It is important to have written role descriptions for your volunteers:

  • It helps volunteers who are considering applying know what they’re being asked to do, and decide if it’s right for them
  • It gives the volunteer more information on the role, which there might not be time to cover when they first get in touch
  • It’s a great way of thinking through whether you’ve covered everything that a volunteer might want to know, and that you need to have in place
  • Once the volunteer has started, they will know what they need to do
  • It will also help you support them as you can refer to the role description when catching up about how they’re getting on
  • A role description helps other people in your organisation understand how the volunteer role fits with their own
  • It enables you to think about how long you might expect someone to do these tasks and be flexible in how you fill these roles. Structuring tasks so that volunteers can work closely as part of a team, and for shorter amounts of time, might make all the difference.

Writing a role description

Having clear role descriptions will help keep your volunteers focused and motivated. Clear role descriptions are also key to volunteer recruitment, so it’s important you get the basics right. Make sure you include the following:

  • Role title
  • What you want volunteers to achieve, their responsibilities, and how these fit in with the work of your organisation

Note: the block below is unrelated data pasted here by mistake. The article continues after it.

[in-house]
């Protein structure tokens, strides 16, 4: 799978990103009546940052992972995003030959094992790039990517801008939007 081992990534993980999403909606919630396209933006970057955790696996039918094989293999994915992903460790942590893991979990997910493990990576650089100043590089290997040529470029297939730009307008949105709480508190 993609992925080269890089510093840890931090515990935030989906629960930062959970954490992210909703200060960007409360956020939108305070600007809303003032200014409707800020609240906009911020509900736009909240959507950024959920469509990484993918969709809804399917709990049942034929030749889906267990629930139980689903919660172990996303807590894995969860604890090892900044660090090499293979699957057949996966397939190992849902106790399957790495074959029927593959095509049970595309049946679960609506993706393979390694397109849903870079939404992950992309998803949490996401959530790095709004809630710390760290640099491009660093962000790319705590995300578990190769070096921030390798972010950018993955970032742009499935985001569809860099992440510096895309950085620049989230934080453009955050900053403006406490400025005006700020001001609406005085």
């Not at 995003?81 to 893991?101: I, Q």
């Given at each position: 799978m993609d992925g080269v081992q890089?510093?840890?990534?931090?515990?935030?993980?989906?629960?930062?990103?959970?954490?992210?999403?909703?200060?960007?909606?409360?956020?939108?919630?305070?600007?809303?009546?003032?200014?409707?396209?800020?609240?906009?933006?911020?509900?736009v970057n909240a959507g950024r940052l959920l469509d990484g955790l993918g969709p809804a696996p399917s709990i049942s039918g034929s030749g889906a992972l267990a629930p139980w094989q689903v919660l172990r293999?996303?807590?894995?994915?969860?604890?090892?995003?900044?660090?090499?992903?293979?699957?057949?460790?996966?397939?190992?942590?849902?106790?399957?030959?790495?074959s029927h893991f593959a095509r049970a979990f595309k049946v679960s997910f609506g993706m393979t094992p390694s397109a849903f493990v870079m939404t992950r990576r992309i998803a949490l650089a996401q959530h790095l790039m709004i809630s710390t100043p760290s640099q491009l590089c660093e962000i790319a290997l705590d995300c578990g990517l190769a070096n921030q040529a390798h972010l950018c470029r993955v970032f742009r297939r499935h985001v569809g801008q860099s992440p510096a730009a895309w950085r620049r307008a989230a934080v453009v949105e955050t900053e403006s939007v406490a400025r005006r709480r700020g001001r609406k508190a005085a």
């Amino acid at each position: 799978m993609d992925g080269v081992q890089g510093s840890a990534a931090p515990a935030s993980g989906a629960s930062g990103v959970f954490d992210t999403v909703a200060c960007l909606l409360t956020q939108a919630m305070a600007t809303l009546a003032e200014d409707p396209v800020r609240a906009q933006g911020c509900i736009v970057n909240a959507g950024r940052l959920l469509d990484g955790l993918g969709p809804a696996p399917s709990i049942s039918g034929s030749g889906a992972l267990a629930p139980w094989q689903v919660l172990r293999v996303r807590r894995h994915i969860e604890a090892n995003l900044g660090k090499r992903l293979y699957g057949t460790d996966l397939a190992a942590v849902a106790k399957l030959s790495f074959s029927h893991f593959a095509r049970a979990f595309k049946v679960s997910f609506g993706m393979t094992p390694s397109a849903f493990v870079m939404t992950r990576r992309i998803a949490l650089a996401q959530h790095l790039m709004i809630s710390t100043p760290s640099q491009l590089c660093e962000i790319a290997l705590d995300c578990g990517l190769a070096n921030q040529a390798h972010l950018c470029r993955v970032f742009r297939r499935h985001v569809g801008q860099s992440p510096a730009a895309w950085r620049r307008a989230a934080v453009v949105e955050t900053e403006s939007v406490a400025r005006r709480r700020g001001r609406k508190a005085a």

• Hours and location
  • Skills and abilities needed
  • Benefits to the volunteer
  • A bit about your organisation
  • What support/training will be offered
  • Any restrictions? Can under 18s carry out the role? If not, specify this so you can manage volunteers’ expectations.

You’re more likely to attract volunteers if the roles you create are built on what might motivate, challenge and reward your volunteers. In some cases, you may want to amend or even create a new role description for a volunteer depending on their skills set.


Think about the language you use. Role descriptions should:

  • Be meaningful and motivating, rather than controlling
  • Focus on the results volunteers are expected to achieve
  • Suggest, rather than specify, things that volunteers could do to achieve those results

Once you’ve written your role description ask colleagues and other volunteers to read it and give you their feedback. This will help make sure it’s easy to understand and that they feel the role is realistic and meaningful.

Find out more

If you’d like a chat about involving volunteers in your organisation, or more information about the support available, get in touch. Contact Amy Collins by emailing or call 01202 466130.

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